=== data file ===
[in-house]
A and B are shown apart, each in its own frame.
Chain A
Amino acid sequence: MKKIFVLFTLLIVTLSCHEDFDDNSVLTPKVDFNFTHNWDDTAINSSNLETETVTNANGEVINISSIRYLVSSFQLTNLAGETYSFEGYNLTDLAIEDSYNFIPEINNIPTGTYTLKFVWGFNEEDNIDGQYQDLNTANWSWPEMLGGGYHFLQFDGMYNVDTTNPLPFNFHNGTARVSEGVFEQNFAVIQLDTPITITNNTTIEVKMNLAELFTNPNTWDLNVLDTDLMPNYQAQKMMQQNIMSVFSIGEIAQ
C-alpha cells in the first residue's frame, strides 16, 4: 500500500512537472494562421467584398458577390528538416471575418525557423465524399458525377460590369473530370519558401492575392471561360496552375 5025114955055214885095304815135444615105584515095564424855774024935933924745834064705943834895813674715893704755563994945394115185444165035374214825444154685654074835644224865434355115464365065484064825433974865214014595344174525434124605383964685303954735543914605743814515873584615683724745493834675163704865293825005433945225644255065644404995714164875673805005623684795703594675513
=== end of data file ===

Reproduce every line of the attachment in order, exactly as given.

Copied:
[in-house]
A and B are shown apart, each in its own frame.
Chain A
Amino acid sequence: MKKIFVLFTLLIVTLSCHEDFDDNSVLTPKVDFNFTHNWDDTAINSSNLETETVTNANGEVINISSIRYLVSSFQLTNLAGETYSFEGYNLTDLAIEDSYNFIPEINNIPTGTYTLKFVWGFNEEDNIDGQYQDLNTANWSWPEMLGGGYHFLQFDGMYNVDTTNPLPFNFHNGTARVSEGVFEQNFAVIQLDTPITITNNTTIEVKMNLAELFTNPNTWDLNVLDTDLMPNYQAQKMMQQNIMSVFSIGEIAQ
C-alpha cells in the first residue's frame, strides 16, 4: 500500500512537472494562421467584398458577390528538416471575418525557423465524399458525377460590369473530370519558401492575392471561360496552375 5025114955055214885095304815135444615105584515095564424855774024935933924745834064705943834895813674715893704755563994945394115185444165035374214825444154685654074835644224865434355115464365065484064825433974865214014595344174525434124605383964685303954735543914605743814515873584615683724745493834675163704865293825005433945225644255065644404995714164875673805005623684795703594675513